point being, that if you know lots of hip hop/rap and then you hear grime or dancehall, i can see how you'll be like 'oh, these are derivatives or local versions of hip hop/rap'. but that's massively missing the point, that these are distinct styles that have their own surrounding cultures, traditions and rituals etc that are very different from hip hop. also, in the case of dancehall/reggae, they precede hip hop, so it's even more historically accurate to think of them as part of the hip hop/rap thing.

    if you see what i mean...

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    I think describing Grime as 'rap' or 'UKHH' is a fairly lazy and arbritray bit of labelling that misses the fundamental difference between most grime and hip hop - the tempo. 138 is a huge stretch from 96bpm, and everything about the flow and style of Grime MCs is affected by the dynamics of the music at this speed - MCng over 90ish bpm break is a totally different skill, and Grime is more of an evolution from MC led 'dance' music than it is from the more vocal oriented (and breakbeat sampling) world of hip-hop.

    This is why grime represents something new IMO - its the first time the UK MCs have developed their own scene from the ground up, and in the process they've invented a totally new type of British vocal music - influenced by Hip Hop/R+B and Dancehall sure, but primarily a heavily mutated version of UKG...

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    i love how everyone goes off on these long explanations of what makes it so diff, and why its not hip hop. well its not hip hop in the sense of dr dre or snoop, and it does have its own background and history (even if a lot of the MCs dont seem to even care about their rave-MC forefathers but are more into whoevers running things in stateside hip hop), but its still rap. grime is uk rap, or brit rap, whatever you wanna call it, its rap music. and most people call rap music 'hip-hop'. it all comes down to boring old semantics, really.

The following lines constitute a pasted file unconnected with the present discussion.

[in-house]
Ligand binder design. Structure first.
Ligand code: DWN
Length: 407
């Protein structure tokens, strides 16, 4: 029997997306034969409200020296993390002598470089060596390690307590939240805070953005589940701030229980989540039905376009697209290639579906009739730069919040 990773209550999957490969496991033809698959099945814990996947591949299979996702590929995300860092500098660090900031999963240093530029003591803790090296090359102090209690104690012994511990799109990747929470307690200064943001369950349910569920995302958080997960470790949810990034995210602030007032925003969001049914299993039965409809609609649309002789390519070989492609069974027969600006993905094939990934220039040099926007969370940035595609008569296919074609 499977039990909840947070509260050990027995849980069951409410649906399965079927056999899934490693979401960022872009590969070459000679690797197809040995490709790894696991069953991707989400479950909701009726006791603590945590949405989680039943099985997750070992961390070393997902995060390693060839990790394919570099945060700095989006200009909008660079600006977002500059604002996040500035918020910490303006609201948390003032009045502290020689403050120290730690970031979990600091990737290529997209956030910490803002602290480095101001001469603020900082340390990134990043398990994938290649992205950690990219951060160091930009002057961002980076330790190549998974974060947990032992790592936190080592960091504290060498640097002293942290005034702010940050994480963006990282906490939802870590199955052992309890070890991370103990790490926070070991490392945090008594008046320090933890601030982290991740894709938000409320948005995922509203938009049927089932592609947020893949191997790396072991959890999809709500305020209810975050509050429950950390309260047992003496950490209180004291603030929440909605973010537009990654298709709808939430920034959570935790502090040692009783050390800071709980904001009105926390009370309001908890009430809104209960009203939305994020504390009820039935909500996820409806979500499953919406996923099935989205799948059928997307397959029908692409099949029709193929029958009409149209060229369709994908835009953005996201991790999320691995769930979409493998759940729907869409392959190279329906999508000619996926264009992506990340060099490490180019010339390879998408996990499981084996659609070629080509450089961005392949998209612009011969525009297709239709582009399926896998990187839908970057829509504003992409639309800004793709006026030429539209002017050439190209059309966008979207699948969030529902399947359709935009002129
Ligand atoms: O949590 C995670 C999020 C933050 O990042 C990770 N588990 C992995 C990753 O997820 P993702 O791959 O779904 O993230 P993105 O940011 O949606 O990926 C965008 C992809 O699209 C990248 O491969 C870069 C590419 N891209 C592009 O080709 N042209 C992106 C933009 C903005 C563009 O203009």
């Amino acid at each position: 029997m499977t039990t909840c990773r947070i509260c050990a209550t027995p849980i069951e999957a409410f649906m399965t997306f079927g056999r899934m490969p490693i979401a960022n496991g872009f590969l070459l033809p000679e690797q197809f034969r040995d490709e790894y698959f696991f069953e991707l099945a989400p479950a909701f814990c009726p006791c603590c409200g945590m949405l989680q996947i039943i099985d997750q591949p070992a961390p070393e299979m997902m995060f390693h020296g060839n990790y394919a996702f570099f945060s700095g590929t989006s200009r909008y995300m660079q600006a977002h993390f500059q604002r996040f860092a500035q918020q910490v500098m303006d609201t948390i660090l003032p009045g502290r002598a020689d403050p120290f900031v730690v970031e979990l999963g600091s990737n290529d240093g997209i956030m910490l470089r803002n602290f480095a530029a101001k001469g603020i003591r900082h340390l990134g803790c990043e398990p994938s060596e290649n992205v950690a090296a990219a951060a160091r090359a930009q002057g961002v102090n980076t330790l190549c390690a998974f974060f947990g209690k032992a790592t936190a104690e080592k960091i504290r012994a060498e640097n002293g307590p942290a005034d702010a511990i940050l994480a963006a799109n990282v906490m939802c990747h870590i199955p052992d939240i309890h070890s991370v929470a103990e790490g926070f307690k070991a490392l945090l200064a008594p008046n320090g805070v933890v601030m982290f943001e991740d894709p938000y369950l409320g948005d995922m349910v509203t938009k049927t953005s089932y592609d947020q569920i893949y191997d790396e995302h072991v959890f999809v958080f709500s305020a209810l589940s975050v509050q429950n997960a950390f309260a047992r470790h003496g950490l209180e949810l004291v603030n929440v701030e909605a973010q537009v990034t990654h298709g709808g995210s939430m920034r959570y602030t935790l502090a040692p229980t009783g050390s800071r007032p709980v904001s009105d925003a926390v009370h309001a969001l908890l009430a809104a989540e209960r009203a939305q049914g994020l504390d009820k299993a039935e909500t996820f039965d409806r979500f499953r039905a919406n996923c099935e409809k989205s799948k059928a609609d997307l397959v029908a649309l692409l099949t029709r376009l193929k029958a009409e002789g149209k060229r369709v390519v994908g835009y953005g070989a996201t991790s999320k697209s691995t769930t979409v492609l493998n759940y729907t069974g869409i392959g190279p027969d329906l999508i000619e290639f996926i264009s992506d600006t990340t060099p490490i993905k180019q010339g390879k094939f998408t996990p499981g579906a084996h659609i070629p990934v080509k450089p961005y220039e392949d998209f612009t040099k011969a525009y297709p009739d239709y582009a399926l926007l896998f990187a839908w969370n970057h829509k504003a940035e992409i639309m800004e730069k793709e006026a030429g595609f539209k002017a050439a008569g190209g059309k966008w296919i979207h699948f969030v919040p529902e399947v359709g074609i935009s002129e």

the funny thing is that a lot of the artists are totally fine with calling it rap music or saying its the uk's hip hop. even wiley and dizzee have said numerous times that its basically hip hop and they want it to be accepted as such. dizzee has repeatedly said in interviews that 'its the real uk hip hop'. id say (im sure others have said it before) grime is the result of MCs who came up through the 'rave MC'/hardcore continuum (whatever you wanna call it) ranks and unconsciously or consciously, wanted to make their own hip hop. they were tired of being the side act and wanted to have their own hip hop. they saw blak twang or whoever, werent too impressed and wanted to have their own thing. yeah you could say something similar happened with jungle, but its diff this time, cos now, im not sure why, but the MCs didnt suffer from the anxiety of being compared to the americans for playing at their own game. strangely (since grime became 'grime' after leaving its links to UKG behind), this doesnt seem to have been reflected as equally by the audience's reaction to 'the real uk hip hop'. irony of ironies, uk hip hop actually sells more than grime doesnt it?

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    yeah i agree with the sentiment of grime being the real uk hiphop. grime just draws on this country's recent musicsal past just the same way (american) hiphop draws on american music history and i think this is partly why traditional uk hiphop has never really taken off, you can rap in an english accent until the cows come home but UKHH won't sound like a genuine product of it's environment until the actual music stops imitating american stuff.

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    I think its fine to talk about grime being the 'hiphop of the uk' etc but that really pivots on a lexical ambiguity on the phrase 'hiphop'. In that sense it is refering to the spirit, attitude and mood of the music, not its sonic qualities. If you are talking about its actual musical qualities then isnt, er, UKHH the hiphop of the UK?

    Hiphop does refer to a certain sound template - obviously it is a problematic issue how things fit exactly in to this template, but i dont think it makes sense to call grime hiphop, especially when we have music here called UKHH and grime sounds quite a lot different.

  12. #12